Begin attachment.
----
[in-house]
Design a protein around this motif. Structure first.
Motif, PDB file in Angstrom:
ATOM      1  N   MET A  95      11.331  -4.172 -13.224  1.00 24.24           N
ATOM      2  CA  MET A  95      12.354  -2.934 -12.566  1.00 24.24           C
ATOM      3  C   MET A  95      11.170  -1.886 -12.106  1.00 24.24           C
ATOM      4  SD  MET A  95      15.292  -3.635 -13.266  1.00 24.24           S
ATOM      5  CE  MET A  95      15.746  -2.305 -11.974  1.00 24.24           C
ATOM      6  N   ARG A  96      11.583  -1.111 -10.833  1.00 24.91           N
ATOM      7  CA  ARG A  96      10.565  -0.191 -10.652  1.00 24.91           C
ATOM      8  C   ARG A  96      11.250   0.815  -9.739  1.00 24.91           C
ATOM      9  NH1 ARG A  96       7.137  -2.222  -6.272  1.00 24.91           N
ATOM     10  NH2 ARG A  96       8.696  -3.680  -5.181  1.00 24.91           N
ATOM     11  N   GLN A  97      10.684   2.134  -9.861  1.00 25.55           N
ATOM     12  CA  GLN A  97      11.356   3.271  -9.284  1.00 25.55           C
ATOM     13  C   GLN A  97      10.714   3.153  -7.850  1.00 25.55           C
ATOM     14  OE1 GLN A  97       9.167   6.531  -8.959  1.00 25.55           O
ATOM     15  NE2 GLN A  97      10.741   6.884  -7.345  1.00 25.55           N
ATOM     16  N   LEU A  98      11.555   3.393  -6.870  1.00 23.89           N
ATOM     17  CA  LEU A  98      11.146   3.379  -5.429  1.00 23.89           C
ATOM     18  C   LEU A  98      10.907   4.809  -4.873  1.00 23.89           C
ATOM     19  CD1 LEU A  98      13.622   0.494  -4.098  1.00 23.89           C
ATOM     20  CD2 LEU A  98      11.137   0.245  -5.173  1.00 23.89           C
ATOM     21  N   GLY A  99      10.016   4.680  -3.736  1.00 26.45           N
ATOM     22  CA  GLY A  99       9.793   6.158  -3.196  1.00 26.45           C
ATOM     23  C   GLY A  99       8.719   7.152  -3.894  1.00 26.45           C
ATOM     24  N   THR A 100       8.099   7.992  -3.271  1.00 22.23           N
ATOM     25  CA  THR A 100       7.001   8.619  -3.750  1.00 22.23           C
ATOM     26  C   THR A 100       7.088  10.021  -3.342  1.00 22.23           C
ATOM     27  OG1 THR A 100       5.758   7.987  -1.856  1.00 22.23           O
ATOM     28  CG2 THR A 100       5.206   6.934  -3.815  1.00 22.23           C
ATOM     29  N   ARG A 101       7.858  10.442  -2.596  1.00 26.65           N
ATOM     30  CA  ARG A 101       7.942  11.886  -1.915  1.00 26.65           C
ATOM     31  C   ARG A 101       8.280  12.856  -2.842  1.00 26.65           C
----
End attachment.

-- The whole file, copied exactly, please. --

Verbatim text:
[in-house]
Design a protein around this motif. Structure first.
Motif, PDB file in Angstrom:
ATOM      1  N   MET A  95      11.331  -4.172 -13.224  1.00 24.24           N
ATOM      2  CA  MET A  95      12.354  -2.934 -12.566  1.00 24.24           C
ATOM      3  C   MET A  95      11.170  -1.886 -12.106  1.00 24.24           C
ATOM      4  SD  MET A  95      15.292  -3.635 -13.266  1.00 24.24           S
ATOM      5  CE  MET A  95      15.746  -2.305 -11.974  1.00 24.24           C
ATOM      6  N   ARG A  96      11.583  -1.111 -10.833  1.00 24.91           N
ATOM      7  CA  ARG A  96      10.565  -0.191 -10.652  1.00 24.91           C
ATOM      8  C   ARG A  96      11.250   0.815  -9.739  1.00 24.91           C
ATOM      9  NH1 ARG A  96       7.137  -2.222  -6.272  1.00 24.91           N
ATOM     10  NH2 ARG A  96       8.696  -3.680  -5.181  1.00 24.91           N
ATOM     11  N   GLN A  97      10.684   2.134  -9.861  1.00 25.55           N
ATOM     12  CA  GLN A  97      11.356   3.271  -9.284  1.00 25.55           C
ATOM     13  C   GLN A  97      10.714   3.153  -7.850  1.00 25.55           C
ATOM     14  OE1 GLN A  97       9.167   6.531  -8.959  1.00 25.55           O
ATOM     15  NE2 GLN A  97      10.741   6.884  -7.345  1.00 25.55           N
ATOM     16  N   LEU A  98      11.555   3.393  -6.870  1.00 23.89           N
ATOM     17  CA  LEU A  98      11.146   3.379  -5.429  1.00 23.89           C
ATOM     18  C   LEU A  98      10.907   4.809  -4.873  1.00 23.89           C
ATOM     19  CD1 LEU A  98      13.622   0.494  -4.098  1.00 23.89           C
ATOM     20  CD2 LEU A  98      11.137   0.245  -5.173  1.00 23.89           C
ATOM     21  N   GLY A  99      10.016   4.680  -3.736  1.00 26.45           N
ATOM     22  CA  GLY A  99       9.793   6.158  -3.196  1.00 26.45           C
ATOM     23  C   GLY A  99       8.719   7.152  -3.894  1.00 26.45           C
ATOM     24  N   THR A 100       8.099   7.992  -3.271  1.00 22.23           N
ATOM     25  CA  THR A 100       7.001   8.619  -3.750  1.00 22.23           C
ATOM     26  C   THR A 100       7.088  10.021  -3.342  1.00 22.23           C
ATOM     27  OG1 THR A 100       5.758   7.987  -1.856  1.00 22.23           O
ATOM     28  CG2 THR A 100       5.206   6.934  -3.815  1.00 22.23           C
ATOM     29  N   ARG A 101       7.858  10.442  -2.596  1.00 26.65           N
ATOM     30  CA  ARG A 101       7.942  11.886  -1.915  1.00 26.65           C
ATOM     31  C   ARG A 101       8.280  12.856  -2.842  1.00 26.65           C